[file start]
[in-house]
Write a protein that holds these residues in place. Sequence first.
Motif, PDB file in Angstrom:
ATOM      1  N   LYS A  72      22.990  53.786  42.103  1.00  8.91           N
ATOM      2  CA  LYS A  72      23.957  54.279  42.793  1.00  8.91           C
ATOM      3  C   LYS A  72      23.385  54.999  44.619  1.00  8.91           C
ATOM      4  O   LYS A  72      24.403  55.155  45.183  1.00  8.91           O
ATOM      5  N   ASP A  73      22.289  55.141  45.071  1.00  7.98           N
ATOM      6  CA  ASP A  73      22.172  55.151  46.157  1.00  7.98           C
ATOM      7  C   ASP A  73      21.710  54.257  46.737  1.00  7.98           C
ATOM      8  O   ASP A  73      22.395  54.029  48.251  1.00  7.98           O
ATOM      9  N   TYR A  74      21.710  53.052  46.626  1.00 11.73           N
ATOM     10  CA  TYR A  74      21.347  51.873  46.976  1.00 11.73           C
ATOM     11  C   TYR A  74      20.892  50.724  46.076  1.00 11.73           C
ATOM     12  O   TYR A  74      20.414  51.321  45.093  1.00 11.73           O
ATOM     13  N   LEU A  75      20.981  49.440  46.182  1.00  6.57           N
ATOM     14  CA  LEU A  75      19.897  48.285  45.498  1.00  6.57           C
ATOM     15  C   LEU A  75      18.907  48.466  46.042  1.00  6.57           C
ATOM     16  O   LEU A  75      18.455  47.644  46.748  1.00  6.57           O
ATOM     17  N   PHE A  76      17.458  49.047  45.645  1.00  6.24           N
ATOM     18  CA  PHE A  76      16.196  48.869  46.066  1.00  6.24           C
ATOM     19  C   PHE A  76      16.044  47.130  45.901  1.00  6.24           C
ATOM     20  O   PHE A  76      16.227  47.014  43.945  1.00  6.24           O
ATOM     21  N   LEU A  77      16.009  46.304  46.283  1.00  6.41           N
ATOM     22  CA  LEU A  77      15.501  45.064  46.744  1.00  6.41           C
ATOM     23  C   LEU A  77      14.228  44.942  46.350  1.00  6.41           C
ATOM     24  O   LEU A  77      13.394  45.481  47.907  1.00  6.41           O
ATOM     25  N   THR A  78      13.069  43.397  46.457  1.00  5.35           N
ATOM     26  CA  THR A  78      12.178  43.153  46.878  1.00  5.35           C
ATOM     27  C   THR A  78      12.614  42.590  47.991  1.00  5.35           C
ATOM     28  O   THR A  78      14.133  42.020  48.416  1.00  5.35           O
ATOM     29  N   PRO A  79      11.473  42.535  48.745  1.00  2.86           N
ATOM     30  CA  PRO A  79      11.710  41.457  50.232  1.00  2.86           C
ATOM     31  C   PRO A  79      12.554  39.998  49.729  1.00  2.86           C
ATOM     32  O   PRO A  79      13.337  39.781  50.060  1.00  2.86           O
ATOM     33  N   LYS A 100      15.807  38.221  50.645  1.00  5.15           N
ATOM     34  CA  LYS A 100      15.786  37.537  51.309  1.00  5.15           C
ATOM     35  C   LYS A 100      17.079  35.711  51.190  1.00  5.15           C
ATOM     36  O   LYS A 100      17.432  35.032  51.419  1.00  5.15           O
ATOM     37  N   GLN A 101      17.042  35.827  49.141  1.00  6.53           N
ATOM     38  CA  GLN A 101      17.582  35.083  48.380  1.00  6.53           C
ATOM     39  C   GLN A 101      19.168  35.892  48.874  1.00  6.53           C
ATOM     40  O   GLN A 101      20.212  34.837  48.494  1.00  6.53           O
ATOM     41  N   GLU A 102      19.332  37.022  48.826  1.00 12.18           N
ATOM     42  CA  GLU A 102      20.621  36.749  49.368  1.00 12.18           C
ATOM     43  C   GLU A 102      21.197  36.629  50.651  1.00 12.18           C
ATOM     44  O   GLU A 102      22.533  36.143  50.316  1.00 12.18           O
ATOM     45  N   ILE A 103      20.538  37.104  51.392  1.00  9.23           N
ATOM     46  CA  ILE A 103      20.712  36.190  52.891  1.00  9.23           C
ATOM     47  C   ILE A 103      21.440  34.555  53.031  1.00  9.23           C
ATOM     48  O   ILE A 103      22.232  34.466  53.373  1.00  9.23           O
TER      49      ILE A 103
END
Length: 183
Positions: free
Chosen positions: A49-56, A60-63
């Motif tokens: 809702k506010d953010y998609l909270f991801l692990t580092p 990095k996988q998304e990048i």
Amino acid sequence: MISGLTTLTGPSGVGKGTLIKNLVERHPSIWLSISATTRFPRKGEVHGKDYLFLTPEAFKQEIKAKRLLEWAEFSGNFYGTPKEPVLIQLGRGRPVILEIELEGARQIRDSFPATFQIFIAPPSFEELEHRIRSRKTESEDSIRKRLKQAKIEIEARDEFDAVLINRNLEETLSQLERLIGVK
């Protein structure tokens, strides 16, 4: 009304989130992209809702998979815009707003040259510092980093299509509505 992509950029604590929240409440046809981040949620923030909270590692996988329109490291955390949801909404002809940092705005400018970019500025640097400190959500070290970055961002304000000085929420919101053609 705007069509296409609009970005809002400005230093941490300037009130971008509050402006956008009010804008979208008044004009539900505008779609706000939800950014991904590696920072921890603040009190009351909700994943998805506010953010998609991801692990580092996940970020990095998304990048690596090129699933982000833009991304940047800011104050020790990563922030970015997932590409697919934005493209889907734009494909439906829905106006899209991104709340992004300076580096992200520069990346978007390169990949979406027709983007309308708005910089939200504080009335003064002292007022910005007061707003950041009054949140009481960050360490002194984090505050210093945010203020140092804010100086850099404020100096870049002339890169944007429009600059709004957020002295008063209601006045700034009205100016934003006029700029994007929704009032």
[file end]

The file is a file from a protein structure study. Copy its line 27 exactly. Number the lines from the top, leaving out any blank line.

ATOM     24  O   LEU A  77      13.394  45.481  47.907  1.00  6.41           O